I’d like to start off by reminding everyone that Colin Kaepernick, the average-at-best NFL quarterback who decided to hijack the NFL’s national platform to launch a protest by sitting during the National Anthem, was fined $11,000 in 2014 for allegedly using a racial slur toward a black Chicago Bears defensive end.
So, excuse me if I find it difficult to believe Kaepernick is passionate about the racist divide in this country. Using nasty racial slurs usually isn’t the best way to express that kind of passion but apparently, taking a knee while the National Anthem is played is totally fine.
I’ll be the first to concede that he has every right in this world to sit out while the anthem is played. But, just because it’s his right, doesn’t mean he’s free from the consequences of the optics of such a disrespectful call for attention. It was a ridiculously bad move, if anything, for his already shaky career as backup quarterback.
And that leads us to the second problem – he claims his move was to call attention to what he perceives as black oppression and he also mentioned the “bodies in the street” and “people getting paid leave and getting away with murder.”
The latter was a direct shot at the police, a group of folks who he thinks murder minorities in the street for fun. It blows my mind that some people actually believe that, but for a person of Kaepernick’s standing and influence in the community, such words are inflammatory and patently false.
He must not be familiar with FBI statistics, which say the vast majority of police shootings are justified – not to mention the fact that whites are killed by police more than blacks. But, hey, that would wreck every race-baiter’s narrative, wouldn’t it?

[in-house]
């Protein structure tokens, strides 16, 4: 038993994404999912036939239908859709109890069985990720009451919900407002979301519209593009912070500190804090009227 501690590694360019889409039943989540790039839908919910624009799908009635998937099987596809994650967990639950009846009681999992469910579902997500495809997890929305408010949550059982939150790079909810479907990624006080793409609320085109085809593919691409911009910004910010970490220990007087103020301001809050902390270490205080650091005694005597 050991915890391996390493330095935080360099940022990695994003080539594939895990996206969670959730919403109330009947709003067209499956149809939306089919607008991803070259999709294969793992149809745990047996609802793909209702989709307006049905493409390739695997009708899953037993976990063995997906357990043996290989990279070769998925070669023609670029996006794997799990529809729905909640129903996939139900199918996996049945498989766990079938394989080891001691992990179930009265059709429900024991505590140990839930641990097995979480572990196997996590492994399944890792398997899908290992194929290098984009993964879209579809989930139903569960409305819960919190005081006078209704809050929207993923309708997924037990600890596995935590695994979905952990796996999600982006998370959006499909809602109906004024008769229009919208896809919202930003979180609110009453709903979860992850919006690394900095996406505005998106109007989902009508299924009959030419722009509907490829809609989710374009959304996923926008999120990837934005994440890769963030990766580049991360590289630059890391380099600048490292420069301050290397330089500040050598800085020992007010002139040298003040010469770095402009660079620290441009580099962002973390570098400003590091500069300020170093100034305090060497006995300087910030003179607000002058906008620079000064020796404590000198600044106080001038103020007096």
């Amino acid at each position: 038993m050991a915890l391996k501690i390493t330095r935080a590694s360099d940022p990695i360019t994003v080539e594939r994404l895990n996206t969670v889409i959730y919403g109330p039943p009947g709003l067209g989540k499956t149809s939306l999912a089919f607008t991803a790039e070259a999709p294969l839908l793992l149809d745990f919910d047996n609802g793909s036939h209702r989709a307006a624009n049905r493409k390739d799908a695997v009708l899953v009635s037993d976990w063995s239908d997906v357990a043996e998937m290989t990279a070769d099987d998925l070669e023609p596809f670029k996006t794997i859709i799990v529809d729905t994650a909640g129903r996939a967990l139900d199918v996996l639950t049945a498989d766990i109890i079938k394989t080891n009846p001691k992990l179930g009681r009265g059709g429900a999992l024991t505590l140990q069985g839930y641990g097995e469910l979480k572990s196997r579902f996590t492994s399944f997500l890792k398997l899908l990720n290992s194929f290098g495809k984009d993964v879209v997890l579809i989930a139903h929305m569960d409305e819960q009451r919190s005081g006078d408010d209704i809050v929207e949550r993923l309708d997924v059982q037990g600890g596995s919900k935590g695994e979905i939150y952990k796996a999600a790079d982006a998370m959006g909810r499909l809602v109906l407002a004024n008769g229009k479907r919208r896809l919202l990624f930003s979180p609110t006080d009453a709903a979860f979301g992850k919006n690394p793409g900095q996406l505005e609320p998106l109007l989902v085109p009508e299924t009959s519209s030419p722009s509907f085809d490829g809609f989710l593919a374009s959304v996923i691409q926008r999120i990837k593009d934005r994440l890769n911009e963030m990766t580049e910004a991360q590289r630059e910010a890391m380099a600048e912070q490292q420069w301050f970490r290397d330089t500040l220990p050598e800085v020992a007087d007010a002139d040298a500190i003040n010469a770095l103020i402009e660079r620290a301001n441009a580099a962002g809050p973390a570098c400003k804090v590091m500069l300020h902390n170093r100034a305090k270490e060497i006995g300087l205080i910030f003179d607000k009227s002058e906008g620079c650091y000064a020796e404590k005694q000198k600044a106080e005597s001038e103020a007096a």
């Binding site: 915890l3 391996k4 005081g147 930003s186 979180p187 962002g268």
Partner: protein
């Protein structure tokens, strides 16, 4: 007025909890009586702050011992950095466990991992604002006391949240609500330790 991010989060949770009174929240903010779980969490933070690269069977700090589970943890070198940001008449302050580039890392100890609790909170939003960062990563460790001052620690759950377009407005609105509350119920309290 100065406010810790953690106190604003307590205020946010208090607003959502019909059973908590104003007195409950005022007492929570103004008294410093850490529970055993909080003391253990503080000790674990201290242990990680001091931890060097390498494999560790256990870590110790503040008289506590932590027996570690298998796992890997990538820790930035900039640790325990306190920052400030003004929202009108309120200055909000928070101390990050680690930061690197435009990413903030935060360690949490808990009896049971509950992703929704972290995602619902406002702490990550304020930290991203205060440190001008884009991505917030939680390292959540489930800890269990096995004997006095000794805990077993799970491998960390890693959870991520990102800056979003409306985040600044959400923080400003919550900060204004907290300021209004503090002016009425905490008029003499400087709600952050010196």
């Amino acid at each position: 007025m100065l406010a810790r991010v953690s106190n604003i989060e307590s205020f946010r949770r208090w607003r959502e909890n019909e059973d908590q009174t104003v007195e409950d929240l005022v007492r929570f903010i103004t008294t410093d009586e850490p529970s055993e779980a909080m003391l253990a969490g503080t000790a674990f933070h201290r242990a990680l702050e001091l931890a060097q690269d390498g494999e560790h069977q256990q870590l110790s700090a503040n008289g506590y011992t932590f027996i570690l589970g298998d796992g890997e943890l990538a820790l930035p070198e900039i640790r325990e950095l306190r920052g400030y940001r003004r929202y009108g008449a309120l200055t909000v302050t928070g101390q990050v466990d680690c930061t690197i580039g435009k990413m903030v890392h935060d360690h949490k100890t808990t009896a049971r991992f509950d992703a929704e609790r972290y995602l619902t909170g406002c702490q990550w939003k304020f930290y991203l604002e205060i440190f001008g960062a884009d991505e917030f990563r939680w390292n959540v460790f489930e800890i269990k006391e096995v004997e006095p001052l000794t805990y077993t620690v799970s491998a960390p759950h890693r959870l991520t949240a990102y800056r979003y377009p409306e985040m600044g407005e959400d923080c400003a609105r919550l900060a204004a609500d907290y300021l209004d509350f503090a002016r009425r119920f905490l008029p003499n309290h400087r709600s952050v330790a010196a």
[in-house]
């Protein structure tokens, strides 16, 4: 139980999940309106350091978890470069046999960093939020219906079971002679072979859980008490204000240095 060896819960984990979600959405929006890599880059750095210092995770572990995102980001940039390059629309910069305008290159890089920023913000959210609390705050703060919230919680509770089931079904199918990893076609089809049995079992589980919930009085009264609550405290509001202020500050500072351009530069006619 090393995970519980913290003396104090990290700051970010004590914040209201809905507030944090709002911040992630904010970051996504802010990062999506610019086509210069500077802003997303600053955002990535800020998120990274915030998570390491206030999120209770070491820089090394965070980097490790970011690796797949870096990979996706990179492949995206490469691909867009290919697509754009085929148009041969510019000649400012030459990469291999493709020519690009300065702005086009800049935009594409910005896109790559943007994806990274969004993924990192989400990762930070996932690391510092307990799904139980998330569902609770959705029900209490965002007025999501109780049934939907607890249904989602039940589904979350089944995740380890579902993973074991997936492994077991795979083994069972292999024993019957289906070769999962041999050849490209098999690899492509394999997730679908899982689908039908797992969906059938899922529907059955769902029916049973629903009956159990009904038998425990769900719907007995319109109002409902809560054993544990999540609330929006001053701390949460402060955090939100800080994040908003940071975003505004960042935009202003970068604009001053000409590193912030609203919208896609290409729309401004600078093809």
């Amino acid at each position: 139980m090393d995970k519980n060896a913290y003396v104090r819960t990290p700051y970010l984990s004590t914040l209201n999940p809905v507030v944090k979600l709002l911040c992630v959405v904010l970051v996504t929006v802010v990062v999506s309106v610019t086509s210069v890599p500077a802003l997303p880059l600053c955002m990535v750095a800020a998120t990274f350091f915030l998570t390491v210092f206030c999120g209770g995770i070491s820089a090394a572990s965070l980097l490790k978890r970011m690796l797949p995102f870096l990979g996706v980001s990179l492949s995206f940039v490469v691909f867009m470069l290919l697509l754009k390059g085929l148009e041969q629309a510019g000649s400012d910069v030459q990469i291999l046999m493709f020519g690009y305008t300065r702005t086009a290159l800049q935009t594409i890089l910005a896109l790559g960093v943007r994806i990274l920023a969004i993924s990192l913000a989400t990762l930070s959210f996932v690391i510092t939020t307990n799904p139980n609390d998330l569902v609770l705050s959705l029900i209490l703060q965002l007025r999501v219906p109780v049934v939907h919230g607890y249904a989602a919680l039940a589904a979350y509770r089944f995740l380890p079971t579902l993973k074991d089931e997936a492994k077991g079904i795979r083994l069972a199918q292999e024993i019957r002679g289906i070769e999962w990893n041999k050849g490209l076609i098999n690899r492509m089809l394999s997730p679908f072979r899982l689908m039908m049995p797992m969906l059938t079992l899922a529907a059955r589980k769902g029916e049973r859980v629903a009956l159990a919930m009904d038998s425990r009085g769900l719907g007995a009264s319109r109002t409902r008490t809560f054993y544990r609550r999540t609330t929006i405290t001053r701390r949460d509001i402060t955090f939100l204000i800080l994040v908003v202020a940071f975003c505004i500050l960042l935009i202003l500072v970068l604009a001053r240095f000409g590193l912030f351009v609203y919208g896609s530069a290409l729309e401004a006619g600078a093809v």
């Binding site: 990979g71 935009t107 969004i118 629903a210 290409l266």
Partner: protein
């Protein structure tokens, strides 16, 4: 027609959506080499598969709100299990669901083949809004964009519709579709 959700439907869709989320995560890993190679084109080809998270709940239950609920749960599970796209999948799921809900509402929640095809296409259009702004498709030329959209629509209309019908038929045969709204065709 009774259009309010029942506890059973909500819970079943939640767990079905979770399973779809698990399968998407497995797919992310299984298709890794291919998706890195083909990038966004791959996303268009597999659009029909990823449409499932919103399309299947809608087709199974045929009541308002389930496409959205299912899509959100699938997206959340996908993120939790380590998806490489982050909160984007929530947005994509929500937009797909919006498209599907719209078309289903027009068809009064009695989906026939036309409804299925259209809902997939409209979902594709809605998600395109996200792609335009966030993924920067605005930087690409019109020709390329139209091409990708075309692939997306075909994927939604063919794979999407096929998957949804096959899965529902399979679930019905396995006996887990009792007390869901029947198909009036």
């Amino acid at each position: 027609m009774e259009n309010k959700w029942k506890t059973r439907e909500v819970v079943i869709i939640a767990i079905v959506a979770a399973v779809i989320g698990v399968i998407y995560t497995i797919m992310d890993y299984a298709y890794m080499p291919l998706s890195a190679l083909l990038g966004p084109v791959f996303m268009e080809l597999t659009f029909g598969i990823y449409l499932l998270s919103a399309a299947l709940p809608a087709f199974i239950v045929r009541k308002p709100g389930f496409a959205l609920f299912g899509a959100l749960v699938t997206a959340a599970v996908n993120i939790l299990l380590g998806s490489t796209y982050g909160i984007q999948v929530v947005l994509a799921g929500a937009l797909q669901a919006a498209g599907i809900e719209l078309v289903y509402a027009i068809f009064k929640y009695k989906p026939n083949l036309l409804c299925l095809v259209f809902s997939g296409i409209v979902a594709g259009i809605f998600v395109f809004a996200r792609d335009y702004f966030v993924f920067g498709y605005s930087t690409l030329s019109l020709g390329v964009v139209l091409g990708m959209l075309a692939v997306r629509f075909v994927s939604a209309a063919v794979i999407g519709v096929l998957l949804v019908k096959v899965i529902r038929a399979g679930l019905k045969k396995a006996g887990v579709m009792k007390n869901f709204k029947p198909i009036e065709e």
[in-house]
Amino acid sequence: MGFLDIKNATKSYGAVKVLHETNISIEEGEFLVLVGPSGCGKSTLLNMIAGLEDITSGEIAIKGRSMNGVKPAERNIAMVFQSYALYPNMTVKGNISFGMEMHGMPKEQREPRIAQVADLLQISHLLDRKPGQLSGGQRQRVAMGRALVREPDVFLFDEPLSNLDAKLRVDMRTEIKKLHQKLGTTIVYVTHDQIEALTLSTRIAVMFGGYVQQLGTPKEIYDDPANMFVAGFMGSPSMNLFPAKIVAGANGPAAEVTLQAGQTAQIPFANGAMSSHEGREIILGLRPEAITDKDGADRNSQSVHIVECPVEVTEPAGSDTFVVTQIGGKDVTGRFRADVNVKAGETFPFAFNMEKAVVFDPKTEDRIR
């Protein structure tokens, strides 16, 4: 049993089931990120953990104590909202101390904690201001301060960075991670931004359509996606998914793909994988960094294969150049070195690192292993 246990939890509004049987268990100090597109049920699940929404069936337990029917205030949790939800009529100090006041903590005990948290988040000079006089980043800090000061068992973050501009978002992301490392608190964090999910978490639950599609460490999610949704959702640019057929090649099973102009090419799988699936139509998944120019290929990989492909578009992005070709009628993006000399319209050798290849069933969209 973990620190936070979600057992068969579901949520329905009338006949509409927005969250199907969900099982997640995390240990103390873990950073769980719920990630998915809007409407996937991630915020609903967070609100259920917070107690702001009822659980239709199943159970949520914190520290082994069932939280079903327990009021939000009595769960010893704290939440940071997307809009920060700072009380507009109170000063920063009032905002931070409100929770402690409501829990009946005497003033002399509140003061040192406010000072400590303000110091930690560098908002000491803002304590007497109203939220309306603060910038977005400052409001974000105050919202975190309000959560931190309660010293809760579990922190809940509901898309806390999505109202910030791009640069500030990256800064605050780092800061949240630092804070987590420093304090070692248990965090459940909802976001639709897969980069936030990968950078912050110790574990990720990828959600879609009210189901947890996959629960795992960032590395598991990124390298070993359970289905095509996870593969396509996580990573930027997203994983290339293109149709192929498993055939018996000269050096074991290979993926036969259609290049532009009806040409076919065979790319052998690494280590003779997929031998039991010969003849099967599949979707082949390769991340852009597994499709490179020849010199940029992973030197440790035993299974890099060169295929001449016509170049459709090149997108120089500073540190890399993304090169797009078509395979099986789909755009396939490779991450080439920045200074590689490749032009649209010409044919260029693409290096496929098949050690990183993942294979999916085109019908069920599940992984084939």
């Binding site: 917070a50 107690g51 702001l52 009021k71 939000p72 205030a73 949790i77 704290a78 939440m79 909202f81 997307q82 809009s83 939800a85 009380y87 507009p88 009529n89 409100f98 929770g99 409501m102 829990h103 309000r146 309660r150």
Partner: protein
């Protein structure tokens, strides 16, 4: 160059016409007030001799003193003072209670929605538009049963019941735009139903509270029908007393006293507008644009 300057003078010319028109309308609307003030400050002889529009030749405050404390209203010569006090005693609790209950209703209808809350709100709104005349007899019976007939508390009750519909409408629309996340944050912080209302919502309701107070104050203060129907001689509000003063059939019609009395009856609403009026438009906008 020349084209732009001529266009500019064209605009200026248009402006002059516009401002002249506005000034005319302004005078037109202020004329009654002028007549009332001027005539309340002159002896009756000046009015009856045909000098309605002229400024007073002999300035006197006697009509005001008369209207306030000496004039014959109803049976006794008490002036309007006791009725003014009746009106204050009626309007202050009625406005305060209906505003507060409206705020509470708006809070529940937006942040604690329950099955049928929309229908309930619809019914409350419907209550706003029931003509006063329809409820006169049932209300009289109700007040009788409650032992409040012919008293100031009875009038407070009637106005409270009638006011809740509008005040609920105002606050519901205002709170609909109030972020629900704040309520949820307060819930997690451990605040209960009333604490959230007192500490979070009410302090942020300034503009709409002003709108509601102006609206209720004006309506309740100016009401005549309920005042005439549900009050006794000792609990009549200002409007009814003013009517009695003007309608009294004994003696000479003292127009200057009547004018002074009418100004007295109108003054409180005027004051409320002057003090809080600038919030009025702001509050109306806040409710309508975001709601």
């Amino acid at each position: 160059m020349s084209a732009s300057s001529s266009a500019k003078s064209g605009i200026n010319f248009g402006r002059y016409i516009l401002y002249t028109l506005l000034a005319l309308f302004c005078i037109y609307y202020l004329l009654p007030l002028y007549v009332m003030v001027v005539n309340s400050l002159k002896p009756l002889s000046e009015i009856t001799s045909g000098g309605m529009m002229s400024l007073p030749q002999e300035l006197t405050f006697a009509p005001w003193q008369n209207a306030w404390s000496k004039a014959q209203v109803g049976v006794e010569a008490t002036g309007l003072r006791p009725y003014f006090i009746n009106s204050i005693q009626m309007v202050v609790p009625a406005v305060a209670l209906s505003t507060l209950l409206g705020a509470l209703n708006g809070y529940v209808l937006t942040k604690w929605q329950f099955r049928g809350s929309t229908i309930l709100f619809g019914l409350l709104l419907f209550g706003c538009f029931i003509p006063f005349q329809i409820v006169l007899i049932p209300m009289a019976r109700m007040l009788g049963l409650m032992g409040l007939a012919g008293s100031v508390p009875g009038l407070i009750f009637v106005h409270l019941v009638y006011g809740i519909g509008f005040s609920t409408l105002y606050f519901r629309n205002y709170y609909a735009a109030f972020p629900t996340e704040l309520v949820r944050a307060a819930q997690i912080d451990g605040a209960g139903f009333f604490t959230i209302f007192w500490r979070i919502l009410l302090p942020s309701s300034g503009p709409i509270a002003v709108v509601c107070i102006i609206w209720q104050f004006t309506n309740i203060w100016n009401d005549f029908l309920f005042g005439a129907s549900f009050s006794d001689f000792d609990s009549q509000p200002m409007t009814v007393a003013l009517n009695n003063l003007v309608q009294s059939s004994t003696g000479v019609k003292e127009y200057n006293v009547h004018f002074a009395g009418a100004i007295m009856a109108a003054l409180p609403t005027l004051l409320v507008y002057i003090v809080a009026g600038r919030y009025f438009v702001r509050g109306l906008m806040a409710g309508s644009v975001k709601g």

And about those “bodies in the street” … he didn’t mention cities like Chicago that often have weekends which results in dozens of dead bodies in the street, most stemming from black-on-black gang violence. How about taking a stand against that? Why don’t the race-baiters ever shuffle into town to tackle that indisputable, horrific problem?
Stats and facts aside, there will still be those who think like Kaepernick. And that’s fine, but aren’t there other ways for a guy like him to get involved and tackle his perceived problems with police and oppression? I’m betting with that comfortable, $19 million per year salary, there are.
Shouldn’t he be telling kids from his community that he’s the epitome of the American dream by making millions of dollars throwing a ball around on television and that, hey, anything is possible?
Some might argue that his protest worked because everyone and their mothers are talking about it and drawing attention to his issues. But, let me point out to you how few, if any, fellow athletes have joined his cause. That’s because they’re too busy making real change in their communities and not angering a majority of Americans – many of whom lost family members and friends who died defending that flag.
Anyway, he’ll have plenty of time to think about his poor life decisions while he rides the bench this season, which was just confirmed a few days ago by the head coach.